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These notes are a wonderful introduction to group theory! Though only 39 pages in length, it covers a fair amount of the subject in a very clear fashion by relating the theory to the study of the Rubik’s Cube.
A Rubik’s Cube is a cube in which the 26 subcubes on the outside are internally hinged in such a way that rotation (by a quarter turn in either direction or a half turn) is possible in any plane of cubes. Each of the six sides is painted a distinct color, and the goal of the puzzle is to return the cube to a state in which each side has a single color after it has been randomized by repeated rotations. The puzzle was invented in the 1970s by the Hungarian Ernő Rubik and sold millions of copies worldwide over the next decade.
The number of possible positions of the Rubik’s cube is
(Turner and Gold 1985, Schönert). Hoey showed using the Pólya-Burnside lemma that there are positions up to conjugacy by whole-cube symmetries.
The group of operations on the Rubik’s cube is known as Rubik’s group, and the Cayley graph of that group is called Rubik’s graph. The minimum number of turns required to solve the cube from an arbitrary starting position is equal to the graph diameter of Rubik’s graph, and is sometimes known as God’s number. While algorithms exist for solving a cube from an arbitrary initial position, they are not necessarily optimal (i.e., requiring a minimum number of turns) and computation of God’s number is very difficult. It had been known since 1995 that a lower bound on the number of moves for the solution (in the worst case) was 20, it was not known until demonstrated by Rokicki et al. (2010) that no configuration requires more than 20 moves, thus establishing that God’s number is 20.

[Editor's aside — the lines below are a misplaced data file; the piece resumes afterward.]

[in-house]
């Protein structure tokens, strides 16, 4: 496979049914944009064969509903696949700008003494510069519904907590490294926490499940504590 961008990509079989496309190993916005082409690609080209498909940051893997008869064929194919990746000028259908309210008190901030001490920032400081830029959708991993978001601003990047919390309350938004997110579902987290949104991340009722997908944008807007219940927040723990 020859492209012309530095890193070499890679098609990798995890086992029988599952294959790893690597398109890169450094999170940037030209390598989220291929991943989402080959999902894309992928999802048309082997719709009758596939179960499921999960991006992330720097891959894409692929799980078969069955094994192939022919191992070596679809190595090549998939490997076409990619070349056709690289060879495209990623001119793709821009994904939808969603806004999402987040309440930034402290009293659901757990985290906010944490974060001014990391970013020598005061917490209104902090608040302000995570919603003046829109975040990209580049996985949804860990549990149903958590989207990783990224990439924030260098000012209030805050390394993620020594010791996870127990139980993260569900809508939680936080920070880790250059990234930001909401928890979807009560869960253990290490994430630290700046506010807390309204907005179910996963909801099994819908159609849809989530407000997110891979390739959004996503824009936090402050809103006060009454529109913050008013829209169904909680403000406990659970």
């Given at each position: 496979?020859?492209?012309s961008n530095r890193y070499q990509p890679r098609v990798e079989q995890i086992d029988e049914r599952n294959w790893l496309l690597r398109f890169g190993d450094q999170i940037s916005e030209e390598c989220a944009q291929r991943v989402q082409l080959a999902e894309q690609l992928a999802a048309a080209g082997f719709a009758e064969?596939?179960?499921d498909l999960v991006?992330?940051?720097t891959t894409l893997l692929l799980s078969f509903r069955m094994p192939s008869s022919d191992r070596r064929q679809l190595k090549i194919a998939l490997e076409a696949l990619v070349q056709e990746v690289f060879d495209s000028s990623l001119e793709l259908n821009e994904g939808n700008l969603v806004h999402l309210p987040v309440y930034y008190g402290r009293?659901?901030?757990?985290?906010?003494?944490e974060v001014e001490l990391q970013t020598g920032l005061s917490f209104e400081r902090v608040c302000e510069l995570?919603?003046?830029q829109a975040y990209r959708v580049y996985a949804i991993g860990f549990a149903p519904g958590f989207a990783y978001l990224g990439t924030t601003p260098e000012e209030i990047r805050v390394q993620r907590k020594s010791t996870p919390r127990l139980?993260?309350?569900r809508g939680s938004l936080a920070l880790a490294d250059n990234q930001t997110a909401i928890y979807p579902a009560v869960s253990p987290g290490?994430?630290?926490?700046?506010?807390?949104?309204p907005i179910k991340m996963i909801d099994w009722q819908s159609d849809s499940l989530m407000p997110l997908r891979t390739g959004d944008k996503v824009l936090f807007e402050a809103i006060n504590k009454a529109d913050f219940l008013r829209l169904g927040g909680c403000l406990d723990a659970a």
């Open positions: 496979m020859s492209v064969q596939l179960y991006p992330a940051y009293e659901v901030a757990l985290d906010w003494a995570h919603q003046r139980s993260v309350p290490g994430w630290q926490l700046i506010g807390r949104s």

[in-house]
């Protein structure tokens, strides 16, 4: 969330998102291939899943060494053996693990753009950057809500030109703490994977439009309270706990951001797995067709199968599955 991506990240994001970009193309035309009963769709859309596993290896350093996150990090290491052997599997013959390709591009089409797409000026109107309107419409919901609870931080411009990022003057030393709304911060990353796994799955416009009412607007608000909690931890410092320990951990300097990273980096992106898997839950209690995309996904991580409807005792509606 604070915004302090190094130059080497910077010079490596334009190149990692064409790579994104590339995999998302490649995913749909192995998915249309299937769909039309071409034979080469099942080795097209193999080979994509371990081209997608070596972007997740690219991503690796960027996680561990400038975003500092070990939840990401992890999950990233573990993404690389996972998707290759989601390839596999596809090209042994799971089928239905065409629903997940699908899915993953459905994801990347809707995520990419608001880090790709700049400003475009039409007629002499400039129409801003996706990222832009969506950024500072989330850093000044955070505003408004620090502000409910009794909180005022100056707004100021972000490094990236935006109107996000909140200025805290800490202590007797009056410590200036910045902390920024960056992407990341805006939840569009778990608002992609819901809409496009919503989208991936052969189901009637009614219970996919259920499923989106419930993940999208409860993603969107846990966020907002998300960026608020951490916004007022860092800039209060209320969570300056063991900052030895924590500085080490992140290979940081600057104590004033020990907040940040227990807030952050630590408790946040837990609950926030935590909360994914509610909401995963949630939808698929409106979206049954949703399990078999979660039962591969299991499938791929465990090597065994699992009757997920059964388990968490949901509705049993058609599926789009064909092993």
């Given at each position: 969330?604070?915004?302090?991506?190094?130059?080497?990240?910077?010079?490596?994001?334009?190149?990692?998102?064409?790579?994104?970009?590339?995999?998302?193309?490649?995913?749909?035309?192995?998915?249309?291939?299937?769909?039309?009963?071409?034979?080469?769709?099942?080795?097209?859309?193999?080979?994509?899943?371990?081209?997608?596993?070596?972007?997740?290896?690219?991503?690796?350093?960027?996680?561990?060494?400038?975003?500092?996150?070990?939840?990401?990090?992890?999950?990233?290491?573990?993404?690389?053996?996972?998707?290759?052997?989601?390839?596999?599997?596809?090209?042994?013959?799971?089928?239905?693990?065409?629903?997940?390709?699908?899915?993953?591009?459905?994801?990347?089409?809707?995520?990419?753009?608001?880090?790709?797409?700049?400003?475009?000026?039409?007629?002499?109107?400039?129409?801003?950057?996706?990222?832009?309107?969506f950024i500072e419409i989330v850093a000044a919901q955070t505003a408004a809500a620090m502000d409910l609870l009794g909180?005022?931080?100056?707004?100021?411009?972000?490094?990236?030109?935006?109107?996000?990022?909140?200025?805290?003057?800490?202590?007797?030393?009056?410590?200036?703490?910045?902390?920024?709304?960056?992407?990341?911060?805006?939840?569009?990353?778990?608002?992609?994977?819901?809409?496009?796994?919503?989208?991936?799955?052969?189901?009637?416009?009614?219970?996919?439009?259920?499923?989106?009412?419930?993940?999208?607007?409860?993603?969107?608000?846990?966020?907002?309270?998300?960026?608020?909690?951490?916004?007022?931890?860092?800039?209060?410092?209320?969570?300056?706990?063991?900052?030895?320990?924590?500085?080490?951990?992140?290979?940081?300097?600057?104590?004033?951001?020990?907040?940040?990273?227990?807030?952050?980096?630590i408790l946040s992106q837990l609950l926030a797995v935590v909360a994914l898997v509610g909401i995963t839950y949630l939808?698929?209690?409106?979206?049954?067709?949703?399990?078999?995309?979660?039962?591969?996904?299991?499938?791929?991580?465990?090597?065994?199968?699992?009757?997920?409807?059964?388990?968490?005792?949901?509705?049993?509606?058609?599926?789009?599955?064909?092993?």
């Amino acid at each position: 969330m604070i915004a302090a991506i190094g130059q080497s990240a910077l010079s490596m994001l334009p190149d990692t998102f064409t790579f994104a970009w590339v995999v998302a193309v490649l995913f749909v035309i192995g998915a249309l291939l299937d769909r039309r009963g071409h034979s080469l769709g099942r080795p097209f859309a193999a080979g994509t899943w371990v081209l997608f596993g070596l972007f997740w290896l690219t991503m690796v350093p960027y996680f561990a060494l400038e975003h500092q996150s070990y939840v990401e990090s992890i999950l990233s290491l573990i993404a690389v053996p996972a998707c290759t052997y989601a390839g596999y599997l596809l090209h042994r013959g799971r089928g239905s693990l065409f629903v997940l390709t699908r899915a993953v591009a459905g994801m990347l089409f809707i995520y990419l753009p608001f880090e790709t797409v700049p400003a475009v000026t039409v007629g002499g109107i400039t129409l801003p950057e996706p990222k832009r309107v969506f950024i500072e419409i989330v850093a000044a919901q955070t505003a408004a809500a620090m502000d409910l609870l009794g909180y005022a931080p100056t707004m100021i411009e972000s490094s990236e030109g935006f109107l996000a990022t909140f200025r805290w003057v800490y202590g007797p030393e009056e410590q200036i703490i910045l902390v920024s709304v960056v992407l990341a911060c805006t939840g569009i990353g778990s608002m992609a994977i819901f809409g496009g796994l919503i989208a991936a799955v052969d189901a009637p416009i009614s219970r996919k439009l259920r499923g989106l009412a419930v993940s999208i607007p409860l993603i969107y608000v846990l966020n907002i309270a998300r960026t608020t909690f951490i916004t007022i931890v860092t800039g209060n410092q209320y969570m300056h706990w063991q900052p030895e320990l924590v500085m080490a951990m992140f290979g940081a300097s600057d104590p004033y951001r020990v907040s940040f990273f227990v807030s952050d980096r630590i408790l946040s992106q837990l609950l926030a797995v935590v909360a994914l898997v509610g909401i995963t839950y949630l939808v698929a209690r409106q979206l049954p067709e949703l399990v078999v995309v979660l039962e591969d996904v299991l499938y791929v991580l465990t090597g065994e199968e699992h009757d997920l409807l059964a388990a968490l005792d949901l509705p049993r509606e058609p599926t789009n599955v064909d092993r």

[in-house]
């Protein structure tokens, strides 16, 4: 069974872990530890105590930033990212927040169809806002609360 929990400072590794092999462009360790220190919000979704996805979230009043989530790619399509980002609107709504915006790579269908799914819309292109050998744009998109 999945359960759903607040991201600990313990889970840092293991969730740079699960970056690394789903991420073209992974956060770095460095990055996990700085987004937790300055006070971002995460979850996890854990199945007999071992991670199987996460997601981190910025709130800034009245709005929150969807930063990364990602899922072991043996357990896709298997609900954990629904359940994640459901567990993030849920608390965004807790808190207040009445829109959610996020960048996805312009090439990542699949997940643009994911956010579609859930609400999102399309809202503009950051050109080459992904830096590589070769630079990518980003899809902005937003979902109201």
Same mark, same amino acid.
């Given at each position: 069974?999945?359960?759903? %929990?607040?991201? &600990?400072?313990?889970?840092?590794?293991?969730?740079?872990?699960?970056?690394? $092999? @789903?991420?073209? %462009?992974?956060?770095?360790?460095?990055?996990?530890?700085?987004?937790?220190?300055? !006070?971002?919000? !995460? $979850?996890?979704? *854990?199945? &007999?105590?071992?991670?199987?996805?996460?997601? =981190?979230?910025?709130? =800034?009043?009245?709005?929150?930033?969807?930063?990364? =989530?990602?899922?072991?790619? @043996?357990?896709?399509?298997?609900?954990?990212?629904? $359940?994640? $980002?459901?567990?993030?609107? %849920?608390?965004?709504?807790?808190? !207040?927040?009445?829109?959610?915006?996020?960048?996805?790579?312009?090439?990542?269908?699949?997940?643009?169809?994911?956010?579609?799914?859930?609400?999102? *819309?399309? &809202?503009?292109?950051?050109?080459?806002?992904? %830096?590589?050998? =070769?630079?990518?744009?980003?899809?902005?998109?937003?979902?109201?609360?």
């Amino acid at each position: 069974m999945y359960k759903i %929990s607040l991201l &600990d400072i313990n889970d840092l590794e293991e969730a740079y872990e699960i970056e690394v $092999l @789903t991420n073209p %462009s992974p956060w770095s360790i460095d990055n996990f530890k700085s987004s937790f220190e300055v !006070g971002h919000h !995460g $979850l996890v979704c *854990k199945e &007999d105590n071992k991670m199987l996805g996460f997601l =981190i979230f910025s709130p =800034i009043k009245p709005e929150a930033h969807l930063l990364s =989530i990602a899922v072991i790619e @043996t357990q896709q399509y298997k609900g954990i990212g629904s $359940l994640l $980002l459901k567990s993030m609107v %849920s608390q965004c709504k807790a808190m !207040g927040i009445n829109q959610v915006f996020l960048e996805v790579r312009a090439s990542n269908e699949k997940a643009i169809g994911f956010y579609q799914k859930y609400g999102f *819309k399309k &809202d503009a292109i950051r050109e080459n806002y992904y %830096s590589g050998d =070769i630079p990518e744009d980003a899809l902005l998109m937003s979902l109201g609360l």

A Note to the Reader
These notes are based on a 2-week course that I taught for high school students at the Texas State Honors Summer Math Camp. All of the students in my class had taken elementary number theory at the camp, so I have assumed in these notes that readers are familiar with the integers mod n as well as the units mod n.
Because one goal of this class was a complete understanding of the Rubik’s cube, I have tried to use notation that makes discussing the Rubik’s cube as easy as possible. For example, I have chosen to use right group actions rather than left group actions.
The goal of these notes is to give an introduction to the subject of group theory, which is a branch of the mathematical area called algebra (or sometimes abstract algebra). You probably think of algebra as addition, multiplication, solving quadratic equations, and so on. Abstract algebra deals with all of this but, as the name suggests, in a much more abstract way! Rather than looking at a specific operation (like addition) on a specific set (like the set of real numbers, or the set of integers), abstract algebra is algebra done without really specifying what the operation or set is. This may be the first math you’ve encountered in which objects other than numbers are really studied!
A secondary goal of this class is to solve the Rubik’s cube. We will both develop methods for solving the
Rubik’s cube and prove (using group theory!) that our methods always enable us to solve the cube.